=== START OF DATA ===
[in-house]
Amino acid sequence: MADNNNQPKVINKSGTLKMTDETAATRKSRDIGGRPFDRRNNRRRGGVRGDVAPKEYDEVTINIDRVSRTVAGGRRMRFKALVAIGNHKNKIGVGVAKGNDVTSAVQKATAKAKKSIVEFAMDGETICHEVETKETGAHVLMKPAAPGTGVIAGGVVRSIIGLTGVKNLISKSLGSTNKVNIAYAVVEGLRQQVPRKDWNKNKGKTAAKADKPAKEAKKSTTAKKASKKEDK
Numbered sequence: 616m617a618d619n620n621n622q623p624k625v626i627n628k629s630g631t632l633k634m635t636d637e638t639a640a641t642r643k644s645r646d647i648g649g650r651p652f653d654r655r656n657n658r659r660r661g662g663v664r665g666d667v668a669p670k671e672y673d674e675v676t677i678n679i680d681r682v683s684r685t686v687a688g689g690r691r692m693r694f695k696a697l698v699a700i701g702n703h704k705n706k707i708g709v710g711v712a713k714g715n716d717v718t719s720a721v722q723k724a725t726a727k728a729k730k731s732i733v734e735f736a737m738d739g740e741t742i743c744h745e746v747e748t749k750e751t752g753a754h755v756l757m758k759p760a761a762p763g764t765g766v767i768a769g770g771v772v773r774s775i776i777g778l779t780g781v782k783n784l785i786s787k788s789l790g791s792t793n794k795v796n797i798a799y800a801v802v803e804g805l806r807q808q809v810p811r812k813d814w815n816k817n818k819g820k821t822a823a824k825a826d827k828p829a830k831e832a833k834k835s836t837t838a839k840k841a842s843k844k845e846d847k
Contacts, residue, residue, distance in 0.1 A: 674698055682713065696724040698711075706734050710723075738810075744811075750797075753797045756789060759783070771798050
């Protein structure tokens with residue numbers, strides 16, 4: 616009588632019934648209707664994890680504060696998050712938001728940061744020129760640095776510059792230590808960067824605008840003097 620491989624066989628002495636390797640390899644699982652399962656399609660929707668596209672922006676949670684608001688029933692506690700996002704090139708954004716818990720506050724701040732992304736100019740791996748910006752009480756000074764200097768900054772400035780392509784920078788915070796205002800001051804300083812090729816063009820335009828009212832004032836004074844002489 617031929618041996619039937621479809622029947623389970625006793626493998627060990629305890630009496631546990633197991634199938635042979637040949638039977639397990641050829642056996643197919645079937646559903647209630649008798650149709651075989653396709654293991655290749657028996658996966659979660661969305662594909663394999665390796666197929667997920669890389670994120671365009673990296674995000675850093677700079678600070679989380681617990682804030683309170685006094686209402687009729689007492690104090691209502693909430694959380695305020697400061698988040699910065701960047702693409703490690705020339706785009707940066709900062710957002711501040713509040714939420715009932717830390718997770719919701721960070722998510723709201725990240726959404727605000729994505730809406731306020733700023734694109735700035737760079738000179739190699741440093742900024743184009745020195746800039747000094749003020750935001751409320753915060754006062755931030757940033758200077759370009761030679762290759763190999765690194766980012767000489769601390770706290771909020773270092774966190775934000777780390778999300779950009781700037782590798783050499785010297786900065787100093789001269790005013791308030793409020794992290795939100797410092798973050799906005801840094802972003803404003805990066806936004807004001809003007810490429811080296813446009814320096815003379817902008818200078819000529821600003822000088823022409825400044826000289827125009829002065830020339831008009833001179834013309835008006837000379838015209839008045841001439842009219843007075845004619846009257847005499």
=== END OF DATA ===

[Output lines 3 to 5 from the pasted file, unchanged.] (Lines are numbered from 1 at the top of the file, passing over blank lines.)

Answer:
Numbered sequence: 616m617a618d619n620n621n622q623p624k625v626i627n628k629s630g631t632l633k634m635t636d637e638t639a640a641t642r643k644s645r646d647i648g649g650r651p652f653d654r655r656n657n658r659r660r661g662g663v664r665g666d667v668a669p670k671e672y673d674e675v676t677i678n679i680d681r682v683s684r685t686v687a688g689g690r691r692m693r694f695k696a697l698v699a700i701g702n703h704k705n706k707i708g709v710g711v712a713k714g715n716d717v718t719s720a721v722q723k724a725t726a727k728a729k730k731s732i733v734e735f736a737m738d739g740e741t742i743c744h745e746v747e748t749k750e751t752g753a754h755v756l757m758k759p760a761a762p763g764t765g766v767i768a769g770g771v772v773r774s775i776i777g778l779t780g781v782k783n784l785i786s787k788s789l790g791s792t793n794k795v796n797i798a799y800a801v802v803e804g805l806r807q808q809v810p811r812k813d814w815n816k817n818k819g820k821t822a823a824k825a826d827k828p829a830k831e832a833k834k835s836t837t838a839k840k841a842s843k844k845e846d847k
Contacts, residue, residue, distance in 0.1 A: 674698055682713065696724040698711075706734050710723075738810075744811075750797075753797045756789060759783070771798050
């Protein structure tokens with residue numbers, strides 16, 4: 616009588632019934648209707664994890680504060696998050712938001728940061744020129760640095776510059792230590808960067824605008840003097 620491989624066989628002495636390797640390899644699982652399962656399609660929707668596209672922006676949670684608001688029933692506690700996002704090139708954004716818990720506050724701040732992304736100019740791996748910006752009480756000074764200097768900054772400035780392509784920078788915070796205002800001051804300083812090729816063009820335009828009212832004032836004074844002489 617031929618041996619039937621479809622029947623389970625006793626493998627060990629305890630009496631546990633197991634199938635042979637040949638039977639397990641050829642056996643197919645079937646559903647209630649008798650149709651075989653396709654293991655290749657028996658996966659979660661969305662594909663394999665390796666197929667997920669890389670994120671365009673990296674995000675850093677700079678600070679989380681617990682804030683309170685006094686209402687009729689007492690104090691209502693909430694959380695305020697400061698988040699910065701960047702693409703490690705020339706785009707940066709900062710957002711501040713509040714939420715009932717830390718997770719919701721960070722998510723709201725990240726959404727605000729994505730809406731306020733700023734694109735700035737760079738000179739190699741440093742900024743184009745020195746800039747000094749003020750935001751409320753915060754006062755931030757940033758200077759370009761030679762290759763190999765690194766980012767000489769601390770706290771909020773270092774966190775934000777780390778999300779950009781700037782590798783050499785010297786900065787100093789001269790005013791308030793409020794992290795939100797410092798973050799906005801840094802972003803404003805990066806936004807004001809003007810490429811080296813446009814320096815003379817902008818200078819000529821600003822000088823022409825400044826000289827125009829002065830020339831008009833001179834013309835008006837000379838015209839008045841001439842009219843007075845004619846009257847005499």